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2013 Phillies Player Preview: Erik Kratz

Erik Kratz provides a capable backup for Carlos Ruiz, both at the plate and behind it. The Phillies will need that, especially in the first 25 games while Chooch serves his suspension.


Erik Kratz

#31 / Catcher / Philadelphia Phillies





Jun 15, 1980

2012 Season: .248/.306/.504 (.809 OPS, 112 wRC+) in 157 PA, .257 BABIP

2013 Projections:
ZiPS............... .243/.310/.423 (.733 OPS)
James............ .255/.318/.460 (.778 OPS)
Steamer........ .250/.311/.431 (.742 OPS)
Oliver............ .243/.316/.417 (.733 OPS)

Contract: Pre-Arb Eligible -- MLB Minimum $490k; Arb-Eligible in 2015 (Cot's)

Kratz at, and


Erik Kratz is a native of Telford, PA, and a product of Christopher Dock High School. He attended Eastern Mennonite University in Virginia and is only the second player to ever be drafted from there, joining Larry Sheets. Selected by Toronto in the 29th round of the 2002 draft (the 866th player overall), Kratz toiled in the Jays system for seven years on teams from Medicine Hat to Dunedin, got released in late 2008, and finally made his major league debut at 30 with the Pirates in 2010. Unfortunately, he responded by going 4 for 34 for a .118/.167/.118 line. He was released again after that season and the Phillies picked him up.

In 2012 the long-suffering 32-year-old rookie catcher with the .809 OPS reminded many of a long-suffering 33-year-old rookie catcher with a .881 OPS.

But Kratz's success may be more sustainable than that of 2006 folk hero Chris Coste.

2006 Coste: .328/.376/.505, 4.7%/14.6% BB/K rates
2012 Kratz: .248/.306/.504, 7.0%/21.7% BB/K rates

Coste's success was driven in large part by a .363 BABIP. When that fell off to the .290s the following three years, his OPS naturally followed, although still at a respectable .739 from 2007 until he was released in July 2009.

Kratz needed only a .257 BABIP last year to get his .809 OPS, and while his HR/FB% rate looks high at 20%, it's not much different from the 18% rate he had in AAA the last two years. He showed excellent power, with a .256 ISO, and had more extra base hits (18 -- 9 doubles, 9 homers) than singles (17). It was only the 20th time in Phillies history that a batter has done that (with 10+ extra base hits). [aside: the most extreme example is a guy I don't remember named J.R. Phillips who had 12 hits in 90 PAs in 1996 -- 2 singles, 5 doubles, 5 homers]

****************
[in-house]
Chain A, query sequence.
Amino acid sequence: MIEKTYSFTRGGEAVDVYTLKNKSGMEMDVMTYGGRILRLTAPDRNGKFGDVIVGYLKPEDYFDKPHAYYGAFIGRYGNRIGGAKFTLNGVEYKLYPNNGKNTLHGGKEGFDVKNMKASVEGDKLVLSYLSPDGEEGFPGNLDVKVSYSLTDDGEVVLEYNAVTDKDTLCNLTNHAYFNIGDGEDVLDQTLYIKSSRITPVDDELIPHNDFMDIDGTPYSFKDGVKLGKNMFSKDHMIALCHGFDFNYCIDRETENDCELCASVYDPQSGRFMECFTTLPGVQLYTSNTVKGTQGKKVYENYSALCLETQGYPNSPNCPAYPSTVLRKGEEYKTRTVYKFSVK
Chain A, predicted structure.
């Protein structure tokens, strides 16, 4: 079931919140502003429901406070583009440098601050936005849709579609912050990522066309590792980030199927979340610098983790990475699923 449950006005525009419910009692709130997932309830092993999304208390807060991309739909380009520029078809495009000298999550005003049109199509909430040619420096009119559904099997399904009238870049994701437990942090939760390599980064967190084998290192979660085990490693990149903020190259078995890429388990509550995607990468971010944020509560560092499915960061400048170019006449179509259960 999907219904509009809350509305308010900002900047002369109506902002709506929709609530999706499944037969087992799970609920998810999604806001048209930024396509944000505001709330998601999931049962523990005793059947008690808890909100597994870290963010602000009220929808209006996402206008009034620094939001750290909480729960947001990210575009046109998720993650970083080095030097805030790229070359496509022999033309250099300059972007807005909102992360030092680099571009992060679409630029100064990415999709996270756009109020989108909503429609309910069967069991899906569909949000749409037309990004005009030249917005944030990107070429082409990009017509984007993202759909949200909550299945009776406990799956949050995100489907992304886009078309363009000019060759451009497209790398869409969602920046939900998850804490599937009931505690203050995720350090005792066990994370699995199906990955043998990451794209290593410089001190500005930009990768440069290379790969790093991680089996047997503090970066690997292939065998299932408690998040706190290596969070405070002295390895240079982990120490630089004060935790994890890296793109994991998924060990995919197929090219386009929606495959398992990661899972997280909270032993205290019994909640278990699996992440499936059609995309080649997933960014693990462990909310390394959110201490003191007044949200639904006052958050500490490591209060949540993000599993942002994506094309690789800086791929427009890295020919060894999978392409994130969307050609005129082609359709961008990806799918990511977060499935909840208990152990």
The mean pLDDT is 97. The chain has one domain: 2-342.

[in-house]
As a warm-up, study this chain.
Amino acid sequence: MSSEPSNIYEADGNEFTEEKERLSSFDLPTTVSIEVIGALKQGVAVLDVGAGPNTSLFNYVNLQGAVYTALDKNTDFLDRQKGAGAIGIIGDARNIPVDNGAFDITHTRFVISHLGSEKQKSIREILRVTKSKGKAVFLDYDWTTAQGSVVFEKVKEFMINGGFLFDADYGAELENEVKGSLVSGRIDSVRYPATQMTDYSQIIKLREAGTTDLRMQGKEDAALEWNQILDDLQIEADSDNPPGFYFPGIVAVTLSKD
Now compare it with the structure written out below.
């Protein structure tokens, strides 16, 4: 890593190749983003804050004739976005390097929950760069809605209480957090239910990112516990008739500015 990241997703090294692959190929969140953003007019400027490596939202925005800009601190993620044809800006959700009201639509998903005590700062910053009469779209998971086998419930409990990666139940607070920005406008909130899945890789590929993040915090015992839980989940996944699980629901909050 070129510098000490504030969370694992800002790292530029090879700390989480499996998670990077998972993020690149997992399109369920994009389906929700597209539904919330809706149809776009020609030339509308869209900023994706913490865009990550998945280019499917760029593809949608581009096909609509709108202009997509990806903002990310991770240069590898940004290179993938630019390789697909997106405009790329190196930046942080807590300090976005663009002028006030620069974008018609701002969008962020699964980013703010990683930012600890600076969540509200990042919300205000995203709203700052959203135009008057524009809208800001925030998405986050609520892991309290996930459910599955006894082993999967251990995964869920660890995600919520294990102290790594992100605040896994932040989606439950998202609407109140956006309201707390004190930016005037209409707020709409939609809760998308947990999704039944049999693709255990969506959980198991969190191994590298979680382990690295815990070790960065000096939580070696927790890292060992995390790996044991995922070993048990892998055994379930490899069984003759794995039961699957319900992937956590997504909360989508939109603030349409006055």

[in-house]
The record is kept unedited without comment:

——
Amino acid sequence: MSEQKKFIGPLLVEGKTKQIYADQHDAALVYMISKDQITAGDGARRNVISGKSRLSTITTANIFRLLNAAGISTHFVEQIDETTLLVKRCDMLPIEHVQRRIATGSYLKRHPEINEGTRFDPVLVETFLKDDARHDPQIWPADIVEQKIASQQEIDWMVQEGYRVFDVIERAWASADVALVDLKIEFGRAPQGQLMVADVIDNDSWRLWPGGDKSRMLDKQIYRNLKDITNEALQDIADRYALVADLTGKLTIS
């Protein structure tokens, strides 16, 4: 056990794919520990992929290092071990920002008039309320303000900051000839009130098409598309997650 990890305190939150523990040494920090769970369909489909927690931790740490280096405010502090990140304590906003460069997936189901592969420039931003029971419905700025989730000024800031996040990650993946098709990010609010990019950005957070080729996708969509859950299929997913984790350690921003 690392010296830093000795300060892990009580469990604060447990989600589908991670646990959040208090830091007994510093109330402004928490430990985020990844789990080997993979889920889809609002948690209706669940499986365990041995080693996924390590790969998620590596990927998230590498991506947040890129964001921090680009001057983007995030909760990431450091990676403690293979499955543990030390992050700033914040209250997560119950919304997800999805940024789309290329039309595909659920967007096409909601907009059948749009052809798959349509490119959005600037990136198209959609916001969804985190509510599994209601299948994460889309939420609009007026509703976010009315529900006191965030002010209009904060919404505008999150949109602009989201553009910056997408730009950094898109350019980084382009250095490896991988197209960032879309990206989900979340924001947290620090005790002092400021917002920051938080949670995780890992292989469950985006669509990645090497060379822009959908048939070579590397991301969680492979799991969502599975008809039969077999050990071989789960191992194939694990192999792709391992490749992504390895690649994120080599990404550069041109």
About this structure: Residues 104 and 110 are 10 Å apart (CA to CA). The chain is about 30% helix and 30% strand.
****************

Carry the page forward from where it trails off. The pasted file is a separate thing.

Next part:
As good as Kratz's offense was, his defensive stats were even better:

Here, Kratz had the 9th most runs saved above average in 2012, despite his limited playing time. His runs above average per batter faced was a close second to Ryan Hanigan.

In Defensive Runs Saved, Kratz ranked 8th in the majors, and had the highest DRS per inning, and by a good margin over the second highest (non-roster invitee Humberto Quintero). For a backup to rank 8th and 9th in counting stats like these is fairly impressive.

Kratz was particularly successful at gunning down runners, and his 45.5% caught stealing rate was the third highest in MLB, behind only Ryan Hanigan (48.5%), and Yadier Molina (47.9%). He has only thrown out 32% of runners in the minors (27% since 2009), so it remains to be seen how sustainable last year's success is.

The fact that the Phillies appear to have a capable backup catcher suddenly became more important when it was announced that Carlos Ruiz would be suspended for the first 25 games of the season, and Kratz will get the vast majority of the starts until Chooch returns. If 2012 is any indication, there aren't many backup catchers in the majors one would rather have as a replacement.

And of course, we can't talk about Kratz without linking to one of the best plays of 2012: Erik > Larry.